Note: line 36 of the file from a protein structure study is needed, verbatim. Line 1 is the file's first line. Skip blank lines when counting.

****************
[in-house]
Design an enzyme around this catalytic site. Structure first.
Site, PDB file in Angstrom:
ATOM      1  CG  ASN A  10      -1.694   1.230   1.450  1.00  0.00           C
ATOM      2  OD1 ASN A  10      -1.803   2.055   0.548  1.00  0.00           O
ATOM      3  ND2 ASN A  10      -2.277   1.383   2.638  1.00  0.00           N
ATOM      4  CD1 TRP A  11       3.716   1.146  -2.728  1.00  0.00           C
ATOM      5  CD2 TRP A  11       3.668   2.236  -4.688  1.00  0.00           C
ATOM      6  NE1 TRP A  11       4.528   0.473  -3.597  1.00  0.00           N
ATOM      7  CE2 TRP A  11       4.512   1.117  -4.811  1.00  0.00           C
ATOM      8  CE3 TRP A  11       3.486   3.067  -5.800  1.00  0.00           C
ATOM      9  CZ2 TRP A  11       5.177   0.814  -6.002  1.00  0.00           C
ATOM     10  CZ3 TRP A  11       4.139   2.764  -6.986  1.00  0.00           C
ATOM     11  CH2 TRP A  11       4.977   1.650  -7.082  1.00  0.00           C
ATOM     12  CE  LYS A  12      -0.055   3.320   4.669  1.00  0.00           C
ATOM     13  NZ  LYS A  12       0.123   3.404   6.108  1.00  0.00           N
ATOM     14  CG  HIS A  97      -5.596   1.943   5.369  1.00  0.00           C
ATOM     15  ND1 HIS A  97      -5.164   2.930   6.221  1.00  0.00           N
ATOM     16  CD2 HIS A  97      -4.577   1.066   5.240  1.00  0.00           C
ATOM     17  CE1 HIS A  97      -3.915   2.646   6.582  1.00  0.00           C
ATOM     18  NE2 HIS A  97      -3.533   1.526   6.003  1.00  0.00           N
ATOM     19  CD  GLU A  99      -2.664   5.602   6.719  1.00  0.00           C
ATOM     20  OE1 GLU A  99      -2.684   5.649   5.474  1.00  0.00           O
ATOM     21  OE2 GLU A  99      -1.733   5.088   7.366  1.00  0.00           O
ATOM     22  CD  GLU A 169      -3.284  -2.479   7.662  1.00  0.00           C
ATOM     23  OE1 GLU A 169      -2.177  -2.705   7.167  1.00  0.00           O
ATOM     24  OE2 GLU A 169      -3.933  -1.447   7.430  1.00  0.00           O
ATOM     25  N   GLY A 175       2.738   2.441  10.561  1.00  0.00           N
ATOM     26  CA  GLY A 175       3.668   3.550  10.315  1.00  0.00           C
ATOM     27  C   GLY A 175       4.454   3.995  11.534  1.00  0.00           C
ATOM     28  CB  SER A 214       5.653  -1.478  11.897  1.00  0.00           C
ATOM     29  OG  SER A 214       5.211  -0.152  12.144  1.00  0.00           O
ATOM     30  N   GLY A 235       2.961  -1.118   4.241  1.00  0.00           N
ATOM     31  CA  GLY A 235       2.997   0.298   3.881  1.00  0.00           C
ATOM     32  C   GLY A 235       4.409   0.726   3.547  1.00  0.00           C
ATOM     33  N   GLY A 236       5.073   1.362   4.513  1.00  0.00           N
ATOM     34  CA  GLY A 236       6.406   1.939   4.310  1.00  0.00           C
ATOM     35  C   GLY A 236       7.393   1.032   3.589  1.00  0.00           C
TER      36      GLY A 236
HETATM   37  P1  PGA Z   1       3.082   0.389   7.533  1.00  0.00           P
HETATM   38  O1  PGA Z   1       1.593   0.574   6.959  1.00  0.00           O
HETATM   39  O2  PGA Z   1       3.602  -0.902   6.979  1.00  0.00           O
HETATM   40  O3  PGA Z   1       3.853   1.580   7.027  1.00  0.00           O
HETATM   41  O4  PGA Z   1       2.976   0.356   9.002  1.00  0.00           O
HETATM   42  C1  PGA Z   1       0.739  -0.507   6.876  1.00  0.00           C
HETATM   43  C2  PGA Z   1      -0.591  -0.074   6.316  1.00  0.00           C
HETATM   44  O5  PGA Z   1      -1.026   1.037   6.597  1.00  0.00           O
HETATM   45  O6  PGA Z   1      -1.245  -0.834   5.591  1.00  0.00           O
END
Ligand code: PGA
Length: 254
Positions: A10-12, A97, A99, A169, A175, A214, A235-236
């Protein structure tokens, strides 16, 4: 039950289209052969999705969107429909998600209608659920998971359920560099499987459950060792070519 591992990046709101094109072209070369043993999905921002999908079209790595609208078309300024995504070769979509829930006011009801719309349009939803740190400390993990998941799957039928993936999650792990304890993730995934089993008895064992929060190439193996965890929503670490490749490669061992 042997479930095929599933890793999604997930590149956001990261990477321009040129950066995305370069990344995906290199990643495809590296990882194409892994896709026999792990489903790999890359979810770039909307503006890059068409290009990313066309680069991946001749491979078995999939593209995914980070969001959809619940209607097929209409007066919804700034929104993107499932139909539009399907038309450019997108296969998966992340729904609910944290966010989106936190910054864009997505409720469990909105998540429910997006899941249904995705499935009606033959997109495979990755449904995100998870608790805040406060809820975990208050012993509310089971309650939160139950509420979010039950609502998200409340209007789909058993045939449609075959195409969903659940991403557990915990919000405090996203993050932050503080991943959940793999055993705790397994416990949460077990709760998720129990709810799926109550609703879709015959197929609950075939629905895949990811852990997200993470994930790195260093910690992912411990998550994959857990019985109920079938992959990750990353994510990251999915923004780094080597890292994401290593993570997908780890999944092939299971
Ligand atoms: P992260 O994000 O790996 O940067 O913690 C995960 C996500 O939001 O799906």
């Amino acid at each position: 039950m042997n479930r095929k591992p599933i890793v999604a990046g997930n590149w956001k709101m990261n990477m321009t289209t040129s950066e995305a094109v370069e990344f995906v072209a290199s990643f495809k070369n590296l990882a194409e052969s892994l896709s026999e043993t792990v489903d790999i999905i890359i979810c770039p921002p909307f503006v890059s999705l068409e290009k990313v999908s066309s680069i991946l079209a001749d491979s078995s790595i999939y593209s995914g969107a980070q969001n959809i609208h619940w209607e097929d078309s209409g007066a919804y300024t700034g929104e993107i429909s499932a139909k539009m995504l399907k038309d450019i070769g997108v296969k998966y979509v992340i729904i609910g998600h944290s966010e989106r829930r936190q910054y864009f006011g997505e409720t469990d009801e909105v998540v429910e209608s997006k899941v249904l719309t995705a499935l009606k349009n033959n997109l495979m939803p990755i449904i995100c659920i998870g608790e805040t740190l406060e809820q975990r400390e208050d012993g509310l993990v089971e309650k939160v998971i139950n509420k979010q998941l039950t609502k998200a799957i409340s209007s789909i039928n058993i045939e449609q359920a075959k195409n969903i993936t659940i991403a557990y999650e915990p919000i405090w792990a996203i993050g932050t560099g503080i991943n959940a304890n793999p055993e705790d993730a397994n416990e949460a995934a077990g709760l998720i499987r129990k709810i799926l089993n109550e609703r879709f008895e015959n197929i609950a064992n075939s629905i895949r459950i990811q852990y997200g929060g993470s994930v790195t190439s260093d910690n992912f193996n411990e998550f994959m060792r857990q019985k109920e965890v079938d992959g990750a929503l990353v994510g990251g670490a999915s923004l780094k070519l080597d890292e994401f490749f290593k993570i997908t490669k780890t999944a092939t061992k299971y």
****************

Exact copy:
ATOM     33  N   GLY A 236       5.073   1.362   4.513  1.00  0.00           N